I remember distinctly the moment I realized the folly of a conservative black suitcase. I was standing at the interminably long baggage claim carousel at London's Heathrow airport. It was the first time I had traveled abroad solo. I had traveled to the country of my Mum's birth with her before, so even though I was not visiting family, it felt familiar enough to be a perfect first solo destination. I carried two bags to be sure I had enough room to bring back whatever I wanted (mostly chocolate).
So there I stood, all of 5'1 and twenty-something, nervously examining each and every black bag that came down the line, looking for the brightly colored bit of yarn that would allow me to easily identify my bag upon arrival, or so I thought. I vowed, then and there, to never again be stuck pawing through dozens of bags in a sleep-deprived stupor.
Upon my return, I promptly visited eBags.com, still my favorite purveyor of luggage, and ordered two Samsonite Oyster hard-sided suitcases in school bus yellow. Those cases have traveled around the world with me, and I still carry them. I did, however, upgrade to two new stand-up spinner Samsonite F'Lite suitcases in safety orange. I like that these have four wheels, rather than the Oysters' two-wheel design (which was cutting edge when I bought them). One of my favorite features of these suitcases is one that is now hard to find in most luggage: they have latches rather than zippers. To me, zippers are too easily accessible by anyone with nefarious designs on the contents of your case. Don't take my word for it, though, check out this terrifying video from Phil Bradley to see why I prefer latches.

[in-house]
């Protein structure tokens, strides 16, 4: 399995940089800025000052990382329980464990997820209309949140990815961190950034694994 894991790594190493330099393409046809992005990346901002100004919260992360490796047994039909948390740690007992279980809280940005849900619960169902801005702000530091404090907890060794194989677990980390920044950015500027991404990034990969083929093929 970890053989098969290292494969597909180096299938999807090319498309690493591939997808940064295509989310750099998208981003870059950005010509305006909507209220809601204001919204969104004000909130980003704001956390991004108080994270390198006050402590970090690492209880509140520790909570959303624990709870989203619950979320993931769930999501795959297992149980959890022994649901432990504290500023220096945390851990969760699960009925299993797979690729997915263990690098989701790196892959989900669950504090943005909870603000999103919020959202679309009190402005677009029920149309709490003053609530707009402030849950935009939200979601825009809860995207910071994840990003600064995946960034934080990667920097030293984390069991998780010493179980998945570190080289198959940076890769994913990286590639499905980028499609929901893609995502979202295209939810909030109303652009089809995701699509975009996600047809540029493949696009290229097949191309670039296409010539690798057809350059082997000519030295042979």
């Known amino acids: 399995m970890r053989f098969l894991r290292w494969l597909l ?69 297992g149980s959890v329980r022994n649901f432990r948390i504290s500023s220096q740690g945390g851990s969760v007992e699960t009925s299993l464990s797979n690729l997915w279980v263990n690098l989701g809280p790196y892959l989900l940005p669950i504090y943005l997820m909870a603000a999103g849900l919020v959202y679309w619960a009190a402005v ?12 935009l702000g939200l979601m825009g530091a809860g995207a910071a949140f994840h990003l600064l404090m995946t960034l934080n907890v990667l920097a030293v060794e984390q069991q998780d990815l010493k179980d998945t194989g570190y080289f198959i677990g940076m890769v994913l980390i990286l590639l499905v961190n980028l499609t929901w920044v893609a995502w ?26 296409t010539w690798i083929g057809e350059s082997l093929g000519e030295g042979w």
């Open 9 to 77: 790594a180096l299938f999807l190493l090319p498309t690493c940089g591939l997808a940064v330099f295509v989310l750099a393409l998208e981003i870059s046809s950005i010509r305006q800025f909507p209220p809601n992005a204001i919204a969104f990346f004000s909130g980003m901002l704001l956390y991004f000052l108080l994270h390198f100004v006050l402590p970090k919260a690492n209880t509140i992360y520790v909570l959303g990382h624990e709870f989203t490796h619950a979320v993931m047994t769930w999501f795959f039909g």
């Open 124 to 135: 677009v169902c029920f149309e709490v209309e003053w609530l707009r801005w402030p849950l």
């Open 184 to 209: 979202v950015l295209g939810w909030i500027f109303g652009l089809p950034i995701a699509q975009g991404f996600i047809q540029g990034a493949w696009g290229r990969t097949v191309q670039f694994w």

My Samsonite bags have literally been thrown around on dozens of international flights and they keep going strong. Last year, however, I did run into a bit of a snag. On a business trip, one of my new F'Lite bags was opened by a TSA official along the way. When the bag was closed and re-latched, something got caught in the latch. So when I arrived on Sunday afternoon and started to unpack, I could not get the thing open. I poked, prodded, and coaxed, all to no avail. Luckily, the hotel facilities person that was on site was kind enough to come and pry it open for me with a screwdriver. It latched back, but would no longer lock. Upon my return home, I called Samsonite, took it to the local outlet store for repair, and within a few days, I had it back completely repaired for free. Free! It was the kind of service I rarely find and never expect, but it definitely affirmed my loyalty to Samsonite.
The other thing I always use when I travel, regardless whether I check a bag with a zipper or latch, is a bag strap. A helpful AAngel at the American counter, who commented that my bright orange bag was the best she had ever seen, suggested it. In the event that something happens and your bag does pop open, at least the contents will be in place, rather than strewn across the luggage belt. In case you had any doubts, my luggage straps, and TSA-approved locks, are all in the loudest, brightest colors I can find as well.
After that initial trip to London where the black bag lesson was learned, I returned the following year with my two, school bus yellow Samsonite Oysters. As I was walking up to the belt to retrieve my bags, I heard the man in front of me exclaim, "Those are the ugliest bags I ever saw!" As I made my way through the crowd, I grinned, noticing him check black bag after black bag for a small tag that bore his name. I excused myself as my bags passed in front of him and I promptly snatched them up and headed on my way. "Oh, I see," I heard him say I walked away. When it comes to luggage, ugly can be beautiful.